Picking a mutual fund can be a difficult choice. One helpful tool in making this decision is the SWOT Analysis. This is an analysis which focuses on the Strengths, Weaknesses, Opportunities and Threats of a particular mutual fund. Many companies make the SWOT analysis simple for potential customers by providing the information in their annual reports. Once these aspects have been identified, the various mutual funds may be measured against one another to determine the best choice for each individual’s unique circumstances.
The exact origins of the SWOT analysis are unknown, but it appears to have originated in businesses in the 1950s and 1960s. It is possible that the acronym was developed by one specific business person or professor, or it may have simply evolved within several different organizations around the same time. Whatever its origins, the SWOT analysis appears to have become more widely used, as well as more tightly defined sometime around 2003.
The information provided by a SWOT analysis can be extremely helpful to an investor who is choosing a mutual fund. An organization’s strengths and weaknesses are key factors to consider when deciding whether to invest your money with them. A mutual fund’s strengths are defined as internal factors on which the organization might rely to add value to their products and services. Weaknesses are also internal factors, which may detract from the value of an organization’s products and services. These might include poor management, low cash flow and redemption rates or unusually high fees. All of this information would be extremely helpful when choosing a mutual fund.
Reviewing the detailed SWOT analysis of a mutual fund or a group of mutual funds and other investment instruments is very beneficial. The SWOT analysis lays out all of the factors that might influence the organization in a way that the investor can compare and contrast the various instruments and weigh the pros and cons of each. One weakness that is shared by all mutual funds is the fact that they have no guaranteed return. Because of this, a mutual fund might lose out to bonds, Treasury bills and other guaranteed investment options due to the nature of the mutual fund.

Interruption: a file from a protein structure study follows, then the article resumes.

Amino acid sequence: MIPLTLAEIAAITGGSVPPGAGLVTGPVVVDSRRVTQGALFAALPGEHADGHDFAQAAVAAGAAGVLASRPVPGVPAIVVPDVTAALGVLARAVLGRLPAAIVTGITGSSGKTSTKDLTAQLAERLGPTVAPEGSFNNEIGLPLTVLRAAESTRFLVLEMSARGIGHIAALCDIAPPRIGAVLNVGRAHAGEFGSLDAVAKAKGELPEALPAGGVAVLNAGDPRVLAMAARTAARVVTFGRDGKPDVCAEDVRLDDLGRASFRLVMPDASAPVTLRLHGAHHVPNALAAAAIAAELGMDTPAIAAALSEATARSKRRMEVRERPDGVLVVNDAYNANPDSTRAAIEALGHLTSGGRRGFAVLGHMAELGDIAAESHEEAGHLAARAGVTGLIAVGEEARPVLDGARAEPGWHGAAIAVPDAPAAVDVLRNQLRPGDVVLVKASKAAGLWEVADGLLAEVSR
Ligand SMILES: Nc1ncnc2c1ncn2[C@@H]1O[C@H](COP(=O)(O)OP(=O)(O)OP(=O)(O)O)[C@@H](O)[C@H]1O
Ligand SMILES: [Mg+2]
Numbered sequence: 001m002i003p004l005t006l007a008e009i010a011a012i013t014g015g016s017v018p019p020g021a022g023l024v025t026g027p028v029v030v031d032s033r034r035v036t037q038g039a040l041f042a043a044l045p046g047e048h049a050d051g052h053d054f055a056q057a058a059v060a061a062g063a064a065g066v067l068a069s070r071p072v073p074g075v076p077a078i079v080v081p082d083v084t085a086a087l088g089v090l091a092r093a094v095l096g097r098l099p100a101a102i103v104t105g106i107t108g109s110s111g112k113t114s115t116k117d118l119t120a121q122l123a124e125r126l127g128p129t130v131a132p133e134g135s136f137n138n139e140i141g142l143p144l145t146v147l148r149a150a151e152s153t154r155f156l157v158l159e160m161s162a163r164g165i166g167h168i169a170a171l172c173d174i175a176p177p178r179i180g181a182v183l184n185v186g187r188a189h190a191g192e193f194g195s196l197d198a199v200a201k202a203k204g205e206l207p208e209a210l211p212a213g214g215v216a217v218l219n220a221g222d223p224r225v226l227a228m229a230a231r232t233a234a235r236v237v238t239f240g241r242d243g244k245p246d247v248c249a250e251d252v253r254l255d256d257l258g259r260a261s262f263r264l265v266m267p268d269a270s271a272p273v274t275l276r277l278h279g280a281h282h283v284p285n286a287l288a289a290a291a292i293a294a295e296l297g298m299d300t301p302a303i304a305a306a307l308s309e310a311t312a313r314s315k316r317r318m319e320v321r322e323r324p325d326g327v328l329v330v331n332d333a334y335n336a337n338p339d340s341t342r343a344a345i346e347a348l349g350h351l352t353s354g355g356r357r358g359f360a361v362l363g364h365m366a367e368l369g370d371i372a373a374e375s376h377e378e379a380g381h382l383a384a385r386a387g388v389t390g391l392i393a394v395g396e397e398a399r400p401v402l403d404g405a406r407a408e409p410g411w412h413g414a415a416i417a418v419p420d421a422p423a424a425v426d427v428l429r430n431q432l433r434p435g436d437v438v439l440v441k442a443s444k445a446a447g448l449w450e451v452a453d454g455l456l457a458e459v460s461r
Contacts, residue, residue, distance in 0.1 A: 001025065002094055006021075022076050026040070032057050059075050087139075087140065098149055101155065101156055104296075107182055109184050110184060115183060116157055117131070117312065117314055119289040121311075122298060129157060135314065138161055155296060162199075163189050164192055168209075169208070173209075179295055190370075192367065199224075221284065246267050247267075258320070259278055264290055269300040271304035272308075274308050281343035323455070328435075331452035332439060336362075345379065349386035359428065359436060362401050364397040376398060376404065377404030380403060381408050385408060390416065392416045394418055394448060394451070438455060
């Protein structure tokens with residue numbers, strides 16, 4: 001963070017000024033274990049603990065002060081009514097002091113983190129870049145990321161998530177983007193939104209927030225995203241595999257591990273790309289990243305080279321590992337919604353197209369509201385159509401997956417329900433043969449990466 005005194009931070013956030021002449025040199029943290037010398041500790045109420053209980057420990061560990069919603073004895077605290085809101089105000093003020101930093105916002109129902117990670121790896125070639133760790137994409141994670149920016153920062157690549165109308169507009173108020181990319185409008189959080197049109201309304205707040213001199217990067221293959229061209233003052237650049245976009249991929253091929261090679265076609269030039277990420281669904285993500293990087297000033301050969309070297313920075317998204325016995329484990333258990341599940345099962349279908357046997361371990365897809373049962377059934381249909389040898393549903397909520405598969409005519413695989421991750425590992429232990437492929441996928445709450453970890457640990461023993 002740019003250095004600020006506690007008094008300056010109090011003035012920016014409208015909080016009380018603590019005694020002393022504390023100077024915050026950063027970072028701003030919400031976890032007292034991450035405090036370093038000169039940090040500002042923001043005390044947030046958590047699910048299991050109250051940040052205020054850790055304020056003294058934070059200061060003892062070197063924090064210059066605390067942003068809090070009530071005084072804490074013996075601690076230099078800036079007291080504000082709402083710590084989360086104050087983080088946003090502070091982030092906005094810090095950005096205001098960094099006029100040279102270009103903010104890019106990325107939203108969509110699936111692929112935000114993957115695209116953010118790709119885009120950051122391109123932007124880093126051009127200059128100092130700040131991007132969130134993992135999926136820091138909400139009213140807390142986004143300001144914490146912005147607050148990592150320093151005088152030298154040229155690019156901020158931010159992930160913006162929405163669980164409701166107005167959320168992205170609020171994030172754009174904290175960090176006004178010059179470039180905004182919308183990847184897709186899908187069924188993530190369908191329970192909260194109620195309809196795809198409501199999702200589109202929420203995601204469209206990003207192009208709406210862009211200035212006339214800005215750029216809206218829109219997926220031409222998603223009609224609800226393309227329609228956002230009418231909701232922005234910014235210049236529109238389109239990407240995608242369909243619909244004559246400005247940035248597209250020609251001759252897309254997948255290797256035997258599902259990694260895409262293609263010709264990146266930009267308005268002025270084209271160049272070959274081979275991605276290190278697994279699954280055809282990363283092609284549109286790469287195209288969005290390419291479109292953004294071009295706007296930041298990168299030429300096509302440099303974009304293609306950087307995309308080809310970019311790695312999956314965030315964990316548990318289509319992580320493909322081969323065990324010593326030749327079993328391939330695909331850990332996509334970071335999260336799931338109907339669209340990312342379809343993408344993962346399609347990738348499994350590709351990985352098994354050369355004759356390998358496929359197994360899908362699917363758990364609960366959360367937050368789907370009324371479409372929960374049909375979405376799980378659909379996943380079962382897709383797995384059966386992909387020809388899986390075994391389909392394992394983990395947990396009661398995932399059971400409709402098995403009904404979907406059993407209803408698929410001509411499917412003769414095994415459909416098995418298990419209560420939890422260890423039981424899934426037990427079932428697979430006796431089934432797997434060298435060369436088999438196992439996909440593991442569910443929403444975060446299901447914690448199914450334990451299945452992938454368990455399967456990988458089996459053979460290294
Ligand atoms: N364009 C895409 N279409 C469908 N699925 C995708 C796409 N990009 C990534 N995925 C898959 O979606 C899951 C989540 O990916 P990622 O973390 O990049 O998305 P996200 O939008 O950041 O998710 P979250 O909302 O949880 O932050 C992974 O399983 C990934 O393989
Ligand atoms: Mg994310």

Many major financial players use the SWOT analysis to highlight the strengths of their own mutual funds as opposed to others. The strengths of a mutual fund might include such aspects as its positioning within the industry, rates of growth, expense ratios, return on investment and the fund’s ability to attract and keep clients. An organization with a relatively large pool of experienced managers is another possible strength.
Sometimes, a SWOT analysis will help the investor determine that a mutual fund is not the right choice for him at all. For example, the investor might determine that certain threats that arose out of the SWOT analysis are too great. Threats are external factors that can include new competitors and changing laws. Tightening laws and regulations can have a negative effect on a mutual fund by closing loopholes of which the funds may have previously taken advantage. Hedge funds are another threat that has arrived on the market in recent years. These types of funds are a threat to mutual funds in that they have a history of bringing markets down, causing damage to non-guaranteed investments including mutual funds.
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